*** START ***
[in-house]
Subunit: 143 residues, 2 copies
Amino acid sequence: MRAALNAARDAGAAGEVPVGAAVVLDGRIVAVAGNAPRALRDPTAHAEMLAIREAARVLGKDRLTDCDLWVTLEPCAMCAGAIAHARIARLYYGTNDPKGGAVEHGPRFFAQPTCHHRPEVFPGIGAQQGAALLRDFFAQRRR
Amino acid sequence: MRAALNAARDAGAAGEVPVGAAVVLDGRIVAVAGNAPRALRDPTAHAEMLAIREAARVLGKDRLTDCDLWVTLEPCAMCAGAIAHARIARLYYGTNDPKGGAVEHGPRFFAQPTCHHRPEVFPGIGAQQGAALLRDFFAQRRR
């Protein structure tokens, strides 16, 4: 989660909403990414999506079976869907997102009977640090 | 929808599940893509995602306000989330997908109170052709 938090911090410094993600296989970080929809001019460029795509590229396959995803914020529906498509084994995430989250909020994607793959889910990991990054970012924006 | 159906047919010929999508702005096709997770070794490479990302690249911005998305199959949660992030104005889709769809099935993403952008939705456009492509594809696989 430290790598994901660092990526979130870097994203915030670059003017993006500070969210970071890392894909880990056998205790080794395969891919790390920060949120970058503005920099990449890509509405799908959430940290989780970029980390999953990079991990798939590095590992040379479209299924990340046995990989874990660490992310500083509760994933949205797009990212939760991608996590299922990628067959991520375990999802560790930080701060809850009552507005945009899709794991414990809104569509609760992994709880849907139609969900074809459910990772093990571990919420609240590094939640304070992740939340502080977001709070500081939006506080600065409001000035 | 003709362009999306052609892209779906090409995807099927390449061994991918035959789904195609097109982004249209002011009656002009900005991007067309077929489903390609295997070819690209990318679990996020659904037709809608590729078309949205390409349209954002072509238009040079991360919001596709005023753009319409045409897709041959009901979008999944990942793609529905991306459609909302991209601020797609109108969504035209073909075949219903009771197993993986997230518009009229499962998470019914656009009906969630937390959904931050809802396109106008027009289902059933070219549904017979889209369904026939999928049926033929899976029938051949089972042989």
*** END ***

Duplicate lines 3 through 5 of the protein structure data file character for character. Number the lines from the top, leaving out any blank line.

Amino acid sequence: MRAALNAARDAGAAGEVPVGAAVVLDGRIVAVAGNAPRALRDPTAHAEMLAIREAARVLGKDRLTDCDLWVTLEPCAMCAGAIAHARIARLYYGTNDPKGGAVEHGPRFFAQPTCHHRPEVFPGIGAQQGAALLRDFFAQRRR
Amino acid sequence: MRAALNAARDAGAAGEVPVGAAVVLDGRIVAVAGNAPRALRDPTAHAEMLAIREAARVLGKDRLTDCDLWVTLEPCAMCAGAIAHARIARLYYGTNDPKGGAVEHGPRFFAQPTCHHRPEVFPGIGAQQGAALLRDFFAQRRR
């Protein structure tokens, strides 16, 4: 989660909403990414999506079976869907997102009977640090 | 929808599940893509995602306000989330997908109170052709 938090911090410094993600296989970080929809001019460029795509590229396959995803914020529906498509084994995430989250909020994607793959889910990991990054970012924006 | 159906047919010929999508702005096709997770070794490479990302690249911005998305199959949660992030104005889709769809099935993403952008939705456009492509594809696989 430290790598994901660092990526979130870097994203915030670059003017993006500070969210970071890392894909880990056998205790080794395969891919790390920060949120970058503005920099990449890509509405799908959430940290989780970029980390999953990079991990798939590095590992040379479209299924990340046995990989874990660490992310500083509760994933949205797009990212939760991608996590299922990628067959991520375990999802560790930080701060809850009552507005945009899709794991414990809104569509609760992994709880849907139609969900074809459910990772093990571990919420609240590094939640304070992740939340502080977001709070500081939006506080600065409001000035 | 003709362009999306052609892209779906090409995807099927390449061994991918035959789904195609097109982004249209002011009656002009900005991007067309077929489903390609295997070819690209990318679990996020659904037709809608590729078309949205390409349209954002072509238009040079991360919001596709005023753009319409045409897709041959009901979008999944990942793609529905991306459609909302991209601020797609109108969504035209073909075949219903009771197993993986997230518009009229499962998470019914656009009906969630937390959904931050809802396109106008027009289902059933070219549904017979889209369904026939999928049926033929899976029938051949089972042989």